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Surveillance In South West Queensland And Cross Border Areas: A Review Of The Surveillance In Gas Fields And The Design Of A Five Year Surveillance Plan

Grant, William

McIntyre, S.

Engineering Honours Degree, 2010

University of Adelaide


Gas reservoirs in the South West Queensland and Cross Border South Australia are abundant but are located within mature fields. Many of these reservoirs have been producing since the early 1980s and have long and well detailed histories. The well testing and surveillance carried out over this period has and is still able to provide an insight into the characteristics of the reservoirs/fields and has helped in field development and production strategies.  Surveillance is required throughout the life of a field to monitor reservoir depletion, pressure support, and the remaining potential in the reservoir. This Surveillance is essential to properly manage the field, this can be carried out by many different tools each with their own advantages and disadvantages.

The aim of this study is to provide an understanding of current well testing and surveillance requirements of gas fields in the area, in order to assist in future depletion, development and production strategies. After these requirements are investigated for each field that is studied, a specific 5 year surveillance plan for each field is developed within budget constraints.  In order to achieve this it was essentially to create set objectives, these were done after speaking to employees at Santos and determining what were the most common issues.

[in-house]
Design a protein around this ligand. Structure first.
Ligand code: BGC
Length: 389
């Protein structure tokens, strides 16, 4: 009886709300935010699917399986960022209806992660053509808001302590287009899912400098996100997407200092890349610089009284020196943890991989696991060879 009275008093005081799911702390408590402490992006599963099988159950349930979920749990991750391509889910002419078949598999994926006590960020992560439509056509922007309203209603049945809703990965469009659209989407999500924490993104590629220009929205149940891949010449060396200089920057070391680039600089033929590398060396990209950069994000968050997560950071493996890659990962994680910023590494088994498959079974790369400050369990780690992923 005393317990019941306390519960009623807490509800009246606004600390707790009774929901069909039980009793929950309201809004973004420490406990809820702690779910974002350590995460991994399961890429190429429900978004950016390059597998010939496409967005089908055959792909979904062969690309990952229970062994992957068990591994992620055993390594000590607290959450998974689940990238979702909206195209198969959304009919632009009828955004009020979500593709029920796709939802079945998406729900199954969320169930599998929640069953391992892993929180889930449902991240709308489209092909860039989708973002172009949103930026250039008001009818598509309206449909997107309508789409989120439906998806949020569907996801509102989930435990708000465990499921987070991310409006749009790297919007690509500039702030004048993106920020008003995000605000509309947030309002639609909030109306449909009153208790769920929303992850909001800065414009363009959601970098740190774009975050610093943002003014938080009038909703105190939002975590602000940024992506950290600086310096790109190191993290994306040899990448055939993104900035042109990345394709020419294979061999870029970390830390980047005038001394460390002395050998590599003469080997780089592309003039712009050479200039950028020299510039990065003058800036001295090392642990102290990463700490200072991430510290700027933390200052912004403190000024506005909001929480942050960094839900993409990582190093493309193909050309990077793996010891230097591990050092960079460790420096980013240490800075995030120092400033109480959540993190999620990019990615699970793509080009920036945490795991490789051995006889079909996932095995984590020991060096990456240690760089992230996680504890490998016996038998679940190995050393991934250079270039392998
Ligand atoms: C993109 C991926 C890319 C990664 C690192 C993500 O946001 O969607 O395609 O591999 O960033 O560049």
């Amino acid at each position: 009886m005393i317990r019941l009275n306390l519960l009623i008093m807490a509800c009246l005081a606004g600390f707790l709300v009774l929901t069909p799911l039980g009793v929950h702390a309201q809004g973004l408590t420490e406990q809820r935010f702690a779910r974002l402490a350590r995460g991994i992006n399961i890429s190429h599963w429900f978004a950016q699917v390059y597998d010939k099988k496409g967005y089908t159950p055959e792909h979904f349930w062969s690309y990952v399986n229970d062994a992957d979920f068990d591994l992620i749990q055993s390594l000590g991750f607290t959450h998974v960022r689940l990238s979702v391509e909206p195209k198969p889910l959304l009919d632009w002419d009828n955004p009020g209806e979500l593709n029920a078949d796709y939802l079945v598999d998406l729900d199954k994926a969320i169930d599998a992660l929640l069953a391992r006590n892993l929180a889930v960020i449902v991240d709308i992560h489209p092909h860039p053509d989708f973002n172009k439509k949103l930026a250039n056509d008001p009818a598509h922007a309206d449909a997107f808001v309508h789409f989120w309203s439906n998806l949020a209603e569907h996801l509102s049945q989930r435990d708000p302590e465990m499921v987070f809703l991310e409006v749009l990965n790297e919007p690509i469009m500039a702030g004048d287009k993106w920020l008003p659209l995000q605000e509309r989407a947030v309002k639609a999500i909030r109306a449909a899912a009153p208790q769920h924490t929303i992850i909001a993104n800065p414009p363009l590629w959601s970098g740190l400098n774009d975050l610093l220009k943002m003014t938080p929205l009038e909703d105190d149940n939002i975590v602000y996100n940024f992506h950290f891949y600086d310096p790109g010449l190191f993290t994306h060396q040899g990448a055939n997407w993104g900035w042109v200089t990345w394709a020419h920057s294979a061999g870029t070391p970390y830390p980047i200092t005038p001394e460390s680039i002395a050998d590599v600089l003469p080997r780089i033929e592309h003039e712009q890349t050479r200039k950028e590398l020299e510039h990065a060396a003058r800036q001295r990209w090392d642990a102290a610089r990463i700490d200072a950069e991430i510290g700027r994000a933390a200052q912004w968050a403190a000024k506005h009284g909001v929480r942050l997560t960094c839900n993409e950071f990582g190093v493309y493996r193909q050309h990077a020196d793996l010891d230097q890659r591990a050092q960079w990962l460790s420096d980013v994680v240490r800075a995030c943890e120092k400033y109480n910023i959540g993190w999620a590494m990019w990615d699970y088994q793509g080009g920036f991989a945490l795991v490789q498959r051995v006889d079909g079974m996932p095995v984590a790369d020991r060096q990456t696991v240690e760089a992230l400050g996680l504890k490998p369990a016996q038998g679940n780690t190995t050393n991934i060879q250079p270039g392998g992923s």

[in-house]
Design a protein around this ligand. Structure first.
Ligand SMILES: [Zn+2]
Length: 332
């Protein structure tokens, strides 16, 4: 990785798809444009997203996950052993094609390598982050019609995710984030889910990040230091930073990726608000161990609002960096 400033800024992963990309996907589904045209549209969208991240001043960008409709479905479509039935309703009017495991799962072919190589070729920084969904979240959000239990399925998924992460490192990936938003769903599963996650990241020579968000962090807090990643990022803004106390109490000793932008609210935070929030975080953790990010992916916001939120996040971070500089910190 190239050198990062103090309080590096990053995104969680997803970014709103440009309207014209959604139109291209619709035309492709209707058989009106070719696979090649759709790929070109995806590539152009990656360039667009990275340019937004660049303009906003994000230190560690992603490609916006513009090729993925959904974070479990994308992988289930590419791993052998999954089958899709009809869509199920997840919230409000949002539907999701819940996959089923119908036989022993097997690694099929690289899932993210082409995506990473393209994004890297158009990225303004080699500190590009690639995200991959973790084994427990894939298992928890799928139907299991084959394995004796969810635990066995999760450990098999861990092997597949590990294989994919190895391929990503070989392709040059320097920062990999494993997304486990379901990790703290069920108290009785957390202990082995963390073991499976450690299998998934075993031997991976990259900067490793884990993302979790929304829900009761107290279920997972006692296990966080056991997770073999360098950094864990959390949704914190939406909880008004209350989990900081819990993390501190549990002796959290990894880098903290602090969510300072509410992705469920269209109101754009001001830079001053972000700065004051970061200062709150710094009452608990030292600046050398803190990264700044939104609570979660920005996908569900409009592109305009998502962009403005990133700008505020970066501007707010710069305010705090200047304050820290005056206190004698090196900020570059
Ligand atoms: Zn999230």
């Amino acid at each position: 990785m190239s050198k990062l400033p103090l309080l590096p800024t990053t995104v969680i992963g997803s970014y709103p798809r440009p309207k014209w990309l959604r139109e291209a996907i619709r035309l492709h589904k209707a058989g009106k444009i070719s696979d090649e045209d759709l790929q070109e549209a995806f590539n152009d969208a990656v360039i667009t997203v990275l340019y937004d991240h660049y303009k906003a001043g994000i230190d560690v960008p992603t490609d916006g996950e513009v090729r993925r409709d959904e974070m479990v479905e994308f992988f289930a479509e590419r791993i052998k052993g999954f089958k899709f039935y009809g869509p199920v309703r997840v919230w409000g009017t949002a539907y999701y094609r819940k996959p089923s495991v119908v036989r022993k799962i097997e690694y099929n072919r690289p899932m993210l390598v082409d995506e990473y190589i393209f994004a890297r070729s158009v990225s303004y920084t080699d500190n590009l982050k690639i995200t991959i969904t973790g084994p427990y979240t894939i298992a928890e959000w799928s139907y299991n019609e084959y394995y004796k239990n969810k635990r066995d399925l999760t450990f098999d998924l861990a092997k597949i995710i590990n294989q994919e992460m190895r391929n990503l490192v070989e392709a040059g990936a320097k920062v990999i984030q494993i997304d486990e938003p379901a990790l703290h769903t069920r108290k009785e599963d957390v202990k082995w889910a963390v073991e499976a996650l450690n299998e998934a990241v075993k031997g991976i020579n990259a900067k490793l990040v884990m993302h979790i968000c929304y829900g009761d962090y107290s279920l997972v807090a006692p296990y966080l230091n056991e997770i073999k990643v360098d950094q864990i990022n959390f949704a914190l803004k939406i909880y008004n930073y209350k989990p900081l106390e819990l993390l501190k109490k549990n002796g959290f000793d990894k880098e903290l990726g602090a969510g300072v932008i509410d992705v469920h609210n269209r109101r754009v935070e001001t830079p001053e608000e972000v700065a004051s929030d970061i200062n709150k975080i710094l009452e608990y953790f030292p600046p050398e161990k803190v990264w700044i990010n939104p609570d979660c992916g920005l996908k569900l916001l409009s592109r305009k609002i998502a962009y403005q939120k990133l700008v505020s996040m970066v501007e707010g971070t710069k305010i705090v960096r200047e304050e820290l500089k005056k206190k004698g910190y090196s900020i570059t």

Surveillance is the process where testing and measurements are undertaken to help the reservoir engineer to track and monitor the performance of a field or reservoir. The types that will be the main focus of the paper are SGS, FGS, MPLT, LET and BHP surveillance tests. The data these tests obtain can be a lot of downhole information to the engineer so that the correct management method for the field can be put in place. Another issue is to quantify the value of the surveillance, as it has no direct value it is important to clearly show the purpose and the goals of the surveillance so that its Value of Information can be worked out for the process.

Six fields were reviewed and their data updated and reviewed, these fields were Baryulah, Challum, Karmona, Munkah, Munkarie and Yanda. Each report contained history, geological setting, production plots for fields and wells, critical factors, recommended work and timelines and in addition to this a new five year plan was also created for the six fields.

After this it was found that surveillance at Santos was lacking in both procedural terms as well as budgetary terms. A new process was devised with the help of Santos employees and external reading. It was found that although hard to quantify there is value in surveillance but to gain this the surveillance process and results needs to be set out clearly.  A budget increase was also recommended but only if these procedures were properly followed and the correct use and the training in the use of the surveillance were properly administered.

Australian School of Petroleum



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